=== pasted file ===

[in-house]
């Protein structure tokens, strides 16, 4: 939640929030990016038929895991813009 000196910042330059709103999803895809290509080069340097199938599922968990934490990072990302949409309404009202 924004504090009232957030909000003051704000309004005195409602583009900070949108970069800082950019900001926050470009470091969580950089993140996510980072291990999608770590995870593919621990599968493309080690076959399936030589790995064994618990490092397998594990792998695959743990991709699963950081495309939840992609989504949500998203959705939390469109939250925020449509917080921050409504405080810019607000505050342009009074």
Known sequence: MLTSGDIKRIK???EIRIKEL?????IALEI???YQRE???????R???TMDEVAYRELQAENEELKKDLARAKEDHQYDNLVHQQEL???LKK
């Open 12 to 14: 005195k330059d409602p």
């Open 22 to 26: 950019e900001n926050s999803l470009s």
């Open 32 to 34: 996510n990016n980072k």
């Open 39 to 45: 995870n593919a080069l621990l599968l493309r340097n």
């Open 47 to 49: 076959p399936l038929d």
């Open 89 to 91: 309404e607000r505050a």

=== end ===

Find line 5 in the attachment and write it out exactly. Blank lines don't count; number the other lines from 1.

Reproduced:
């Open 22 to 26: 950019e900001n926050s999803l470009s």